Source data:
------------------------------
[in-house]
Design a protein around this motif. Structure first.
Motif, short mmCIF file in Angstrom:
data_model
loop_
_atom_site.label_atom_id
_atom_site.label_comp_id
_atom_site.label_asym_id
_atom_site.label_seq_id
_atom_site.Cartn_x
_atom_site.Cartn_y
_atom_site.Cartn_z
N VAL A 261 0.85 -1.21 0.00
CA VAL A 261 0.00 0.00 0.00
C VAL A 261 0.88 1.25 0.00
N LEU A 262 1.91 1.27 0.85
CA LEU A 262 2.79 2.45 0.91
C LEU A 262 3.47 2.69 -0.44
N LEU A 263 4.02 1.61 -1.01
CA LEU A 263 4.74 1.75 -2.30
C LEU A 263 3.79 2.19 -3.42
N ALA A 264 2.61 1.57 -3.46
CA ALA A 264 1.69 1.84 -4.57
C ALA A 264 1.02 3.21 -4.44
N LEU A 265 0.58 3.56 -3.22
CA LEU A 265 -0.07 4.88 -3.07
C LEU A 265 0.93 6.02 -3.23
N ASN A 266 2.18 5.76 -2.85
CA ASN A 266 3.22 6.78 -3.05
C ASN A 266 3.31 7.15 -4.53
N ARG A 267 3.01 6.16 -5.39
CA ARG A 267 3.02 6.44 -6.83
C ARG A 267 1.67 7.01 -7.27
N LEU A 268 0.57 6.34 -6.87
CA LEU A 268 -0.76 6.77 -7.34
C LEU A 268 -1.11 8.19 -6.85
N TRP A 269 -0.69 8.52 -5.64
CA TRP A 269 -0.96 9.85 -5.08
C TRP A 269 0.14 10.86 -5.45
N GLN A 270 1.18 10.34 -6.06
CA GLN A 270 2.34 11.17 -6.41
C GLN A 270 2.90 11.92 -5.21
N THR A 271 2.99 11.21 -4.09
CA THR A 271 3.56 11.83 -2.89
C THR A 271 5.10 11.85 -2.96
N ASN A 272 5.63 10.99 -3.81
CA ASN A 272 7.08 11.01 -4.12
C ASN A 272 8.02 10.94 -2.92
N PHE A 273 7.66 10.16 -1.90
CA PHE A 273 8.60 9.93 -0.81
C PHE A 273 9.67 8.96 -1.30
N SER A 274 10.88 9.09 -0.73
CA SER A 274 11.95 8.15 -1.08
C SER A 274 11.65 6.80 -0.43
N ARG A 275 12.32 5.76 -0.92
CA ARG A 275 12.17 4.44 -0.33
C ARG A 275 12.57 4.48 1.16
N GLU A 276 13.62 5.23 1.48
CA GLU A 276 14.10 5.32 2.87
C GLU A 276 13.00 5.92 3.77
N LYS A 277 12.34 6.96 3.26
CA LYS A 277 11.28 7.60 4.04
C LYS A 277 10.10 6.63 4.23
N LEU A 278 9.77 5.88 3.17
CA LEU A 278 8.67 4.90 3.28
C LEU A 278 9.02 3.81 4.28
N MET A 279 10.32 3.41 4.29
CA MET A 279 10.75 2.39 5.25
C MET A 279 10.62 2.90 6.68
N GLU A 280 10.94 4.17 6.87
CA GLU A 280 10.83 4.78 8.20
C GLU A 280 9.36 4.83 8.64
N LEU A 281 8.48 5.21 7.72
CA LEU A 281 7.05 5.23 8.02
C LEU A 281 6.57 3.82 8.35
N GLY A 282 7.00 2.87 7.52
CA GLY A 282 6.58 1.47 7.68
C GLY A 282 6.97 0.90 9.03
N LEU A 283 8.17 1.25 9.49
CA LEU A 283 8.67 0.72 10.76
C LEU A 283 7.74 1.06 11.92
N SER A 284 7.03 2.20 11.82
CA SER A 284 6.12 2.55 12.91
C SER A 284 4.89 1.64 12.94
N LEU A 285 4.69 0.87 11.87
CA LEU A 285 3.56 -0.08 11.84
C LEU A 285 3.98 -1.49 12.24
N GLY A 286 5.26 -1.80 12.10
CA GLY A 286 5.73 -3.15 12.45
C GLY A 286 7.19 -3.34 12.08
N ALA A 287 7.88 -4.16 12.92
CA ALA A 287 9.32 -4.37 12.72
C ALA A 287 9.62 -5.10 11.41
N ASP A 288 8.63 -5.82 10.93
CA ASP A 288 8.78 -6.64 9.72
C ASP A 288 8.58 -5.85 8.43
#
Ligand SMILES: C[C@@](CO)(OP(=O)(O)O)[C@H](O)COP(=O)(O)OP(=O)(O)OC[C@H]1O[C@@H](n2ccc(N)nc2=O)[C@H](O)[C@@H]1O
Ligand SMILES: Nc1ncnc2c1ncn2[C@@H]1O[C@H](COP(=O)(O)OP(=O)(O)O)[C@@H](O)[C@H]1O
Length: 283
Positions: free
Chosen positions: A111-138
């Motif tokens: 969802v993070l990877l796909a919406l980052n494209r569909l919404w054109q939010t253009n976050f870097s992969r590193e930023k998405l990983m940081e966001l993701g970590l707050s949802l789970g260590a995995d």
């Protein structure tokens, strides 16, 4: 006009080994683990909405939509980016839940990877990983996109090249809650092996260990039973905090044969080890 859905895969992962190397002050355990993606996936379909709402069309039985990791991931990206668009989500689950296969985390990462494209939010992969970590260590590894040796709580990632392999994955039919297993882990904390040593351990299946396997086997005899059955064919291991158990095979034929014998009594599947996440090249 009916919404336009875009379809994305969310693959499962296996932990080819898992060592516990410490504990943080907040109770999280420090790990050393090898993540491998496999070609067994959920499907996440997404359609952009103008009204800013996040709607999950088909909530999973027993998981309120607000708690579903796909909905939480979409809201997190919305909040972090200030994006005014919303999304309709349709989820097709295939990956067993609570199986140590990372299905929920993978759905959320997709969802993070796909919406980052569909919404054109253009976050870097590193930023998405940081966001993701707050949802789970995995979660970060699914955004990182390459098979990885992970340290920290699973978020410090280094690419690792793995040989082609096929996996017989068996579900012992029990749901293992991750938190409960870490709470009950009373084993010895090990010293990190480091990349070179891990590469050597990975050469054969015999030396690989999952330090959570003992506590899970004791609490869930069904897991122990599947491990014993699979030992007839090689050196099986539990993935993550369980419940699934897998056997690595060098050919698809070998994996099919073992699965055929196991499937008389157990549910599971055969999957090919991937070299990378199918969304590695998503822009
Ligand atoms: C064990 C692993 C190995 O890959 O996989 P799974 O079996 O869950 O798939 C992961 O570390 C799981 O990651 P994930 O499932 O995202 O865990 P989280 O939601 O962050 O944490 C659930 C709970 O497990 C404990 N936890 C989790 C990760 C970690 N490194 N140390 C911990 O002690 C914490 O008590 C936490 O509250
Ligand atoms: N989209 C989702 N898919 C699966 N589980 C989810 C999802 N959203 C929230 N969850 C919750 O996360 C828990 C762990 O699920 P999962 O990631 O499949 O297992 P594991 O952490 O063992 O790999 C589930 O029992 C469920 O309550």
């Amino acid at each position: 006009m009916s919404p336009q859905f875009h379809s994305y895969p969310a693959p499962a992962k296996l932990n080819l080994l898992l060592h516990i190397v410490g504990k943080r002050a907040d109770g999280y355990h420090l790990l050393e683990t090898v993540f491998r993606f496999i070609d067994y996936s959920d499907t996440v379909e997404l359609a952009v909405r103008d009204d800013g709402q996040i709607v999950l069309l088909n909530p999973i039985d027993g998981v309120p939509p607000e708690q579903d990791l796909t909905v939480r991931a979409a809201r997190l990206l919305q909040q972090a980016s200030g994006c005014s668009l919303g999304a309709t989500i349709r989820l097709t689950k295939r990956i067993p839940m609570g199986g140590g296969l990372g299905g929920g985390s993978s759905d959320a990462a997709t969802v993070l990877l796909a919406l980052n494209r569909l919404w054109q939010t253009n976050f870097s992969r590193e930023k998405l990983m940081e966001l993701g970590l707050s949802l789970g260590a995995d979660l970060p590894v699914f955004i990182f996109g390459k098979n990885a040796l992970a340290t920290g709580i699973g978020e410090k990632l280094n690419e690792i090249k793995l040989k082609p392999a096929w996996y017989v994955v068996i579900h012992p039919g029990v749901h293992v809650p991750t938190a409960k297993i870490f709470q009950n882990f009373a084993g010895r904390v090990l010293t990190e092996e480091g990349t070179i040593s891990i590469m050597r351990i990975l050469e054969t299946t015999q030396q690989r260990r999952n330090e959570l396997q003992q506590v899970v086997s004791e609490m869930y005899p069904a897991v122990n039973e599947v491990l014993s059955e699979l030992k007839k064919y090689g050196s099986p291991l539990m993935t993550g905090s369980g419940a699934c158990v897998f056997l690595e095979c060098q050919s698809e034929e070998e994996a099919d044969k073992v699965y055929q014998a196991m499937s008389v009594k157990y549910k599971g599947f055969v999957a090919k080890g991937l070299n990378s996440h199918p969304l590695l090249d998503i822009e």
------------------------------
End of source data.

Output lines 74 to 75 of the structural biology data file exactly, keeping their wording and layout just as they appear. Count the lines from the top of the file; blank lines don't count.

CA LEU A 281 7.05 5.23 8.02
C LEU A 281 6.57 3.82 8.35